It can be difficult to navigate the world of medicine, especially when it comes to obtaining costly prescription medications. The last thing you want is to spend a lot of money on a medication you cannot use. Adverse Drug Reactions (ADR) account for 3-6% of hospital admissions, and 15-20% of these ADRs are considered Type B, or unpredicted reactions. If you try a new medication or brand and it causes an adverse reaction, you don’t want to take it again, or risk a medical emergency. If you’re uncertain about a certain medication your doctor prescribes you, don’t be afraid to ask about samples.
Although pharmaceutical samples have declined over the last several years, they still occur. If your doctor’s office doesn’t have a sample of the medication you need, they can actually request it from the manufacturer.
Check the expiration date
Free meds are great, but they are less effective after their expiration date. The physicians in the office may not maintain the drug sample “closet”, and may forget they have specific meds until they’ve expired.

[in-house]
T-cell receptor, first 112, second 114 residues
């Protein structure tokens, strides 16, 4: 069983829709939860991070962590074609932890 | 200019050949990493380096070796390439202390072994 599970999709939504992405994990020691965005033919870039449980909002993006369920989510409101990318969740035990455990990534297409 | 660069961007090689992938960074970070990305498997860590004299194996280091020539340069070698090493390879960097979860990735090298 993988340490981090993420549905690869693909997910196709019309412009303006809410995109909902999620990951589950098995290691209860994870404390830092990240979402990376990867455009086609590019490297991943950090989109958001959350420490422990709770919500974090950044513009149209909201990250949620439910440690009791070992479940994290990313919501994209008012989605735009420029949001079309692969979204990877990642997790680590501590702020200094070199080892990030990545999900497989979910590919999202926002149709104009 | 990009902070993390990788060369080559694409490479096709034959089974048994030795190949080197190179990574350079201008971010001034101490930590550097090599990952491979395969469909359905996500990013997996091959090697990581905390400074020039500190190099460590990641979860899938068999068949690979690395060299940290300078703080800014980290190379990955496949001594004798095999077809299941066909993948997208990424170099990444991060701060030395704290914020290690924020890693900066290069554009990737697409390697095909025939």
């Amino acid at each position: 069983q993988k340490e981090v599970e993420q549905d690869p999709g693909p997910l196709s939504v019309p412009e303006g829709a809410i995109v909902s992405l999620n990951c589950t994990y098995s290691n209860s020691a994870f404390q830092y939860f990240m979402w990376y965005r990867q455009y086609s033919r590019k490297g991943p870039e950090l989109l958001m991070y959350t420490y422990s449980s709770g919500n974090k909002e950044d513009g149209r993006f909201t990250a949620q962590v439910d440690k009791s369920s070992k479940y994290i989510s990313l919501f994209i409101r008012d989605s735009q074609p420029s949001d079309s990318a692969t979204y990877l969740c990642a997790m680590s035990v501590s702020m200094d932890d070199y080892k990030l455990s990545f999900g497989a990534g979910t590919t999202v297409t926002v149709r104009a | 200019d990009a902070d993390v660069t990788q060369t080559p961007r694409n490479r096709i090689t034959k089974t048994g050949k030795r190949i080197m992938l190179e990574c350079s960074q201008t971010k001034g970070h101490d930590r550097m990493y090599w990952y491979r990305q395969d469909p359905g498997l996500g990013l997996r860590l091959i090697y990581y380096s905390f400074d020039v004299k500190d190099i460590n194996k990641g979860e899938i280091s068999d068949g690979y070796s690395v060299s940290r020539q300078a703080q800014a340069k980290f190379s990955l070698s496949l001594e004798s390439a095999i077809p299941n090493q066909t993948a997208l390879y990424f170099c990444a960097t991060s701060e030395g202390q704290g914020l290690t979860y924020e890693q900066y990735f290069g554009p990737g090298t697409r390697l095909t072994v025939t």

Take what you can get
Doctors and clinic staff will usually do all they can to help uninsured and below-poverty patients get the medications they need. A physician may send you home with two weeks or more of samples if they’re available. Take notes and follow instructions exactly.
Because some medications have become so expensive, samples may be unavailable. If there are no samples to try, ask your doctor to write for a 30 day supply, and try the medication for that time. Instead of samples, the doctor may have coupons for the medication you need, and many pharmaceutical companies also have discount cards to present to your pharmacy. For name brand medications, especially when a generic isn’t available, you can often obtain coupons and vouchers by calling the company directly as well.
It can be scary to start a new prescription drug--especially an expensive one that you’re not sure will work. In order to get the most out of your experience, do as much research as you can. Cut costs by shopping around, find discount plans, choose a 90 day supply, or split pills. Your doctor can help you decide what medication, brand, supply, and dosage is right for you.